How is a Diagnosis Made?

A watchful medical exam will attempt to resolve the kind and cause of your spine problem and the treatment options. A diagnostic assessment includes a medical history and physical exam. occasionally imaging scans (e.g., x-ray, CT, MRI) and tests to make sure muscle strength and reflexes are used.

Self-care for Sciatica Leg Pain

Exercise, strengthening, stretching and ideal weight loss are the main elements to your cure. Make these a part of your life-long daily habit.
Self-care: Sciatica regularly resolves with rest, ice or heat, massage, pain relievers, and mild stretches. lessen muscle swelling and pain using an ice pack for 20 minutes several times a day throughout the first 48 to 72 hours. afterwards, a warm shower or heating pad on low setting may be supplementary to relax the muscles. A short period of bed rest is okay, but more than a couple of days might worsen the situation. If self-care treatments aren’t working in the first couple of days, see your doctor.

Medication: Over-the-counter nonsteroidal anti-inflammatory drugs (NSAIDs), for instance aspirin, ibuprofen or naproxen, can provide relief. A muscle relaxant may be given for spasms. If pain is stern, an analgesic may be prescribed that can be taken with the NSAID or muscle relaxant.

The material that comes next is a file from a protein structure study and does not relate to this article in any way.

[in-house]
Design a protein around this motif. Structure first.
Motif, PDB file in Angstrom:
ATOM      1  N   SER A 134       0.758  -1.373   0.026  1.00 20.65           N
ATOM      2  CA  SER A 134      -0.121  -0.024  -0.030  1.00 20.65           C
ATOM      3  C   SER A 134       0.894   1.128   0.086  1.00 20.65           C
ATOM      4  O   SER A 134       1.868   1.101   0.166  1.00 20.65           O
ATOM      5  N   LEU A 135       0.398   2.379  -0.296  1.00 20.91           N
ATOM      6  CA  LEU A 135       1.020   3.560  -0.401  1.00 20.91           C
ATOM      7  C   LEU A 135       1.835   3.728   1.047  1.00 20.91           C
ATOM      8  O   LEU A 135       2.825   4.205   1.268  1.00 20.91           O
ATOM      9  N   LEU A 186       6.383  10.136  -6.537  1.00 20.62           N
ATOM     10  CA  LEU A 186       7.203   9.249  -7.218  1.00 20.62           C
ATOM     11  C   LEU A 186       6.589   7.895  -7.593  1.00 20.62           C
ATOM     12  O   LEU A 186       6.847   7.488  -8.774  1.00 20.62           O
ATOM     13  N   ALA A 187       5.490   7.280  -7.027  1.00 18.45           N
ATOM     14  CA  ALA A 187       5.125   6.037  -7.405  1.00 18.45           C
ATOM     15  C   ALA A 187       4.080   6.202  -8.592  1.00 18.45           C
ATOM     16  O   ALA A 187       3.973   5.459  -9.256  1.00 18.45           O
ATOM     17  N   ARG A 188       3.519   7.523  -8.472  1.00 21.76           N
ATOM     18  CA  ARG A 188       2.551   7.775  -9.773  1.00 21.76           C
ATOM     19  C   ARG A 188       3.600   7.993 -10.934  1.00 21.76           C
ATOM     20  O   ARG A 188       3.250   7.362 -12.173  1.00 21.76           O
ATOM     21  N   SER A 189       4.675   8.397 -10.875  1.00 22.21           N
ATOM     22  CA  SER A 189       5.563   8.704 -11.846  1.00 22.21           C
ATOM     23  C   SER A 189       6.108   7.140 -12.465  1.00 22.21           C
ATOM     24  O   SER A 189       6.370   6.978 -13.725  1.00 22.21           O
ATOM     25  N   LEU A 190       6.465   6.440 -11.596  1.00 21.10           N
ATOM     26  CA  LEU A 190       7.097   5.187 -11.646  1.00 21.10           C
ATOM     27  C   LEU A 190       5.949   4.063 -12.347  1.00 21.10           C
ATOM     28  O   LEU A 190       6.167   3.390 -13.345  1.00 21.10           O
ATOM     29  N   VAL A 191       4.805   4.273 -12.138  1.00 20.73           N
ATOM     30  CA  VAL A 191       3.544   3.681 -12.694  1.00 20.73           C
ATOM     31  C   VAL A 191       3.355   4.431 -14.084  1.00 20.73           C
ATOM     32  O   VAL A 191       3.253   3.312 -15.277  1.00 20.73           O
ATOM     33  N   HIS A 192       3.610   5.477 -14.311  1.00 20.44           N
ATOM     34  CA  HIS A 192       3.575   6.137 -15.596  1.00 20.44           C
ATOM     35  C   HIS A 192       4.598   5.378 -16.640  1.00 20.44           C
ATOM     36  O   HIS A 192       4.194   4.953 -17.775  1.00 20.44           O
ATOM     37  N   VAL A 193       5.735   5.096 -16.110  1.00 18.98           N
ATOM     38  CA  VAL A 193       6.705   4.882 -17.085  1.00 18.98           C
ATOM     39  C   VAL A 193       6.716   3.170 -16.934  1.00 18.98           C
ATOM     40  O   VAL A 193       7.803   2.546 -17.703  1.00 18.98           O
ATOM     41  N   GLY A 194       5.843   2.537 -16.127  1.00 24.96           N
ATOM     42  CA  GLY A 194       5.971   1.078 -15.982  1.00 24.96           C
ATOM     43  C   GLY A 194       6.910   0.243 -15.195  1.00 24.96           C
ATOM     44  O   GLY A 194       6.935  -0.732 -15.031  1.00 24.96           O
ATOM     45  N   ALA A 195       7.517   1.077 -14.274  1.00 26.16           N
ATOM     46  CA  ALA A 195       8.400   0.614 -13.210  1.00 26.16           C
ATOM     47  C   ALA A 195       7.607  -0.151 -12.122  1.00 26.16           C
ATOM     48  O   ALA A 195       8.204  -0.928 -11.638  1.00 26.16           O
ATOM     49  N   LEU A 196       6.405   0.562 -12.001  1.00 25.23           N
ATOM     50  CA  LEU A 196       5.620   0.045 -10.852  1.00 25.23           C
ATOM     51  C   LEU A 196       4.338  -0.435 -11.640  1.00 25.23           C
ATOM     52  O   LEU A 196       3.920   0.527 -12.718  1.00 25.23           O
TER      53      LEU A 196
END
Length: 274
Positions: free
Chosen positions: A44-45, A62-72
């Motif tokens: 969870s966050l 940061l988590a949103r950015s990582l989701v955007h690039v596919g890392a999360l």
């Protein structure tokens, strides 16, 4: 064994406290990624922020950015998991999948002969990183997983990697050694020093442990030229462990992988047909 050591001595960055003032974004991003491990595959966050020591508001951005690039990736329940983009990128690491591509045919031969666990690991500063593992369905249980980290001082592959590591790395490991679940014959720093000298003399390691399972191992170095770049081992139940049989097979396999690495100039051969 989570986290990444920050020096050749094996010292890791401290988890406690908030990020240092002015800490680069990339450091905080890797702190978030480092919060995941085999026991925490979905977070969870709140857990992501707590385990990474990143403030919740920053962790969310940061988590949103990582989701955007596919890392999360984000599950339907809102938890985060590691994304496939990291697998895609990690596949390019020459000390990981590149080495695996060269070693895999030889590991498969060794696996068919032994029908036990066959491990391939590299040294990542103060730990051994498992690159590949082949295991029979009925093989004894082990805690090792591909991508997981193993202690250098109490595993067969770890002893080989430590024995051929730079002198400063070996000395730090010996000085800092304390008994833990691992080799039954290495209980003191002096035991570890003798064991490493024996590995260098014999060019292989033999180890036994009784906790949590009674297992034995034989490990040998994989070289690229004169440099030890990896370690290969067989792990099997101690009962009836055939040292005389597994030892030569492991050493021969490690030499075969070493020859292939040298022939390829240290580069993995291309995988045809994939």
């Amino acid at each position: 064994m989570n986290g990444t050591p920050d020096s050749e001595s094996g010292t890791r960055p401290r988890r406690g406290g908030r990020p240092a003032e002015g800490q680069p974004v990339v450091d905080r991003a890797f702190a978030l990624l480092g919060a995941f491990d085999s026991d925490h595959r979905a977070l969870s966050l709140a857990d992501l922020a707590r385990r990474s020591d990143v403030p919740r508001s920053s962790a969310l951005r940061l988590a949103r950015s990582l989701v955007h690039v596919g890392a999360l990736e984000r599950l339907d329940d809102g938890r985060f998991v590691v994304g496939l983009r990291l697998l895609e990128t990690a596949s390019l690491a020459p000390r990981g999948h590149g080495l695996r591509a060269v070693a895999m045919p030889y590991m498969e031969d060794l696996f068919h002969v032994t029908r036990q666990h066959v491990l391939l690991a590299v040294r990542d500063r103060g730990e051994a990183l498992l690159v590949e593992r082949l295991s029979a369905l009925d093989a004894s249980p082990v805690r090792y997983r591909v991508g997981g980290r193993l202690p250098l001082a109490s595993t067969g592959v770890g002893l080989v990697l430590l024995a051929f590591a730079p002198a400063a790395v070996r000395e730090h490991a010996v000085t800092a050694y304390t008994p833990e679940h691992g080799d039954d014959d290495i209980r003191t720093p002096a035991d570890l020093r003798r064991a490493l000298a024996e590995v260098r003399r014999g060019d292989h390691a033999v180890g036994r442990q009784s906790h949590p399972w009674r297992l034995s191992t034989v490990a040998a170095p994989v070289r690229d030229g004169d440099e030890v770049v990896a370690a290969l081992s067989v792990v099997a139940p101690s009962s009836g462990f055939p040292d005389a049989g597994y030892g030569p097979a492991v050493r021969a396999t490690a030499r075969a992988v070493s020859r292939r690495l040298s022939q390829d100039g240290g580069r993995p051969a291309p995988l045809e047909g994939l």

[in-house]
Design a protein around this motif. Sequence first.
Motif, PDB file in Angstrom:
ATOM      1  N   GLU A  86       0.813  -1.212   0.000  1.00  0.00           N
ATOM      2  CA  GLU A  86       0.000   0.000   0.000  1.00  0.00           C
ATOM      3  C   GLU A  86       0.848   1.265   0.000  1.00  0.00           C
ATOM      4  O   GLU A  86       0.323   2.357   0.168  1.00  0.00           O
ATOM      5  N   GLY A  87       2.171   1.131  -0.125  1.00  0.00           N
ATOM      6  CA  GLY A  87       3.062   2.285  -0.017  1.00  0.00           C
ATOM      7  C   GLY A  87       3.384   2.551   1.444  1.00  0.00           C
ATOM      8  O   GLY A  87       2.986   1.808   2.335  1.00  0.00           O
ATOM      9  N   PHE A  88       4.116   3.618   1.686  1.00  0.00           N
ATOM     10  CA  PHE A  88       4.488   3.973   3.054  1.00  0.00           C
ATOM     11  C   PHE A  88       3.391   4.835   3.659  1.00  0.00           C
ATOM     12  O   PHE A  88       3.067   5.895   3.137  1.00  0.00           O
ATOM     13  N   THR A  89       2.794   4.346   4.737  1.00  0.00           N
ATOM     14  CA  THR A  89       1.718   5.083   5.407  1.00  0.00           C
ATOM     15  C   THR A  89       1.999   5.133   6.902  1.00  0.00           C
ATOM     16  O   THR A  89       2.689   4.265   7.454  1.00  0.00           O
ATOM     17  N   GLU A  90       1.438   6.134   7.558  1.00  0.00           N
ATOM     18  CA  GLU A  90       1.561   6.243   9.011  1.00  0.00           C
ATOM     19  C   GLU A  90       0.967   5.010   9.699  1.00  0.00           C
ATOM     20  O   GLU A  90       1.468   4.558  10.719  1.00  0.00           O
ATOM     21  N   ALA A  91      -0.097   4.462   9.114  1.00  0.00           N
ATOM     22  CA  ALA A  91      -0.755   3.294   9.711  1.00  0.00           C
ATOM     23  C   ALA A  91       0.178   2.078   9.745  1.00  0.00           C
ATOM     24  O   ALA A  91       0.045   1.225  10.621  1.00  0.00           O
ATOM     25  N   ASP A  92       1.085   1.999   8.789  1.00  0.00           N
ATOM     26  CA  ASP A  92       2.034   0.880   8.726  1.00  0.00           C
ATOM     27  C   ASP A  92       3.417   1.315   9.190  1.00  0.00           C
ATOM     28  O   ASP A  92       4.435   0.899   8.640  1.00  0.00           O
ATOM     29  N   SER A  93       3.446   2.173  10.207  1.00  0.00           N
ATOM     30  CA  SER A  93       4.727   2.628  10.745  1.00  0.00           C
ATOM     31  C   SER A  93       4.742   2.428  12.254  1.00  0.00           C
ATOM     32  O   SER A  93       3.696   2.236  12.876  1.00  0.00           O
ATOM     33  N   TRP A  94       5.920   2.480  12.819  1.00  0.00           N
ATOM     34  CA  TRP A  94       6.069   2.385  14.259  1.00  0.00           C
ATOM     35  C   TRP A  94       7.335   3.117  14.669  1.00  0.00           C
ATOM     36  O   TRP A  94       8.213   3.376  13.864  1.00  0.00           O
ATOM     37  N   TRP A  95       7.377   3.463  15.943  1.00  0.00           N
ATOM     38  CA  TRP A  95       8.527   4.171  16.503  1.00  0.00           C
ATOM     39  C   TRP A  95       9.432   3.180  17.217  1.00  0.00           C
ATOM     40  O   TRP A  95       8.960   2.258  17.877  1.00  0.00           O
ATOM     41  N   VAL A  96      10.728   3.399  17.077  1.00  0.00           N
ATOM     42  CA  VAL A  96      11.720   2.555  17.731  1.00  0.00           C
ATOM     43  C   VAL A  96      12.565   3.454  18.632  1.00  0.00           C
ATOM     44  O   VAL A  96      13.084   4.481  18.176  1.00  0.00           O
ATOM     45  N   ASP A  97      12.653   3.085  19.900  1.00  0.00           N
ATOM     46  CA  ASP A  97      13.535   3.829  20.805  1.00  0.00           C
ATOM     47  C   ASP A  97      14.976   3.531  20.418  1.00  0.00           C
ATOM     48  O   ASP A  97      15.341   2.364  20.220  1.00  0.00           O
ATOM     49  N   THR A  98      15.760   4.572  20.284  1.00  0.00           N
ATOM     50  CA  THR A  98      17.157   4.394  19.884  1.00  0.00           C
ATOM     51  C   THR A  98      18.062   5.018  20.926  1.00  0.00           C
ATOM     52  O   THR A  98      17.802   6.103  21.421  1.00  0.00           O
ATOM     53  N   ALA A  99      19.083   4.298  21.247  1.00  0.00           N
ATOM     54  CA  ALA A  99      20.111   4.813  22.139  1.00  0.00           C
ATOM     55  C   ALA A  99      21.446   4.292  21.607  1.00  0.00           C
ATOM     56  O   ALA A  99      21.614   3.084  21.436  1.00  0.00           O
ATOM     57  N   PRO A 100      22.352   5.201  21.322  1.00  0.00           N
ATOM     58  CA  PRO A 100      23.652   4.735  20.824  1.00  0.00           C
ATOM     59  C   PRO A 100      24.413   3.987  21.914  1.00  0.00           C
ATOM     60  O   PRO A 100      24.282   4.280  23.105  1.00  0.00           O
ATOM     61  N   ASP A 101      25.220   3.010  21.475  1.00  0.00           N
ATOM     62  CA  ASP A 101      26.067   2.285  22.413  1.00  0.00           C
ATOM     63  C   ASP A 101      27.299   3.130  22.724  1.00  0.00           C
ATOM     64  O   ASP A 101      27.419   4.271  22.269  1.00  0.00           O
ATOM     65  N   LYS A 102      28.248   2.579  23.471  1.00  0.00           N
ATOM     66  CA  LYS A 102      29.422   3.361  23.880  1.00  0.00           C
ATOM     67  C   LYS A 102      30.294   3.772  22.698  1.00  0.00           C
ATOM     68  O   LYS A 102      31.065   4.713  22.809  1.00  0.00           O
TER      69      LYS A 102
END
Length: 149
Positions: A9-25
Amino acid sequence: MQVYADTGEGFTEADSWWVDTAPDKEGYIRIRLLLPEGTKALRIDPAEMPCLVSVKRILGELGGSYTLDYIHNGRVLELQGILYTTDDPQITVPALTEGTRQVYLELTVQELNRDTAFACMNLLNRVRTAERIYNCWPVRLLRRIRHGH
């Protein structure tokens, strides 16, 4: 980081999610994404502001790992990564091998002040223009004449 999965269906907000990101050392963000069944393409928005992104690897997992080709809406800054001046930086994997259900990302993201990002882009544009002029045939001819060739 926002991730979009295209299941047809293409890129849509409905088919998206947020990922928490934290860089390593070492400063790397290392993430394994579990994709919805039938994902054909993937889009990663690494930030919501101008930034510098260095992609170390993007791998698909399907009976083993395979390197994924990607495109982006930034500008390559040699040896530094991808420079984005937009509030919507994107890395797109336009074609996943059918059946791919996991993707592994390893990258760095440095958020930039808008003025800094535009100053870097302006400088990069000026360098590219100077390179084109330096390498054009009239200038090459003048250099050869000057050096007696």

Steroids can decrease the swelling and swelling of the nerves. They are taken orally (as a Medrol dose pack) lessened over a five-day period or by injection straight into the affected area (see epidural steroid injections and facet injections). Steroids may give instant pain relief within 24 hours.

Physical therapy: For most leg pain, we suggest a nearly regular schedule from the onset. Physical therapy can help you come back to full movement as soon as possible and prevent re-injury. Physical therapists will show appropriate lifting and walking techniques, and exercises to strengthen and widen your lower back, leg, and stomach muscles. Massage, ultrasound, diathermy, heat, and traction may also be optional for short periods. Patients may also profit from yoga, chiropractic manipulation and acupuncture.

Surgery: Surgery is hardly ever needed unless you have muscle weakness, a proven disc herniation, cauda equina syndrome, or persistent pain that has not set on after a reasonable course of nonsurgical handling. Surgery for a herniated disc, called a discectomy, removes the part of the disc compressing the spinal nerve. People with stenosis may benefit from a decompression of the nerves.

Recovery and Prevention

A positive mental approach, regular activity, and a prompt return to work are all very significant elements of recovery. If regular job duties cannot be performed at first, modified (light or limited) duty may be prescribed for a restricted time.

Prevention is key to avoiding repetition:

  • Proper lifting; steer clear of sitting for long periods
  • Good posture in sitting, standing, moving, and sleeping
  • habitual exercise with stretching and strengthening
  • An ergonomic occupation area
  • Good nourishment, healthy weight and lean body mass
  • Stress managing and relaxation
  • No smoking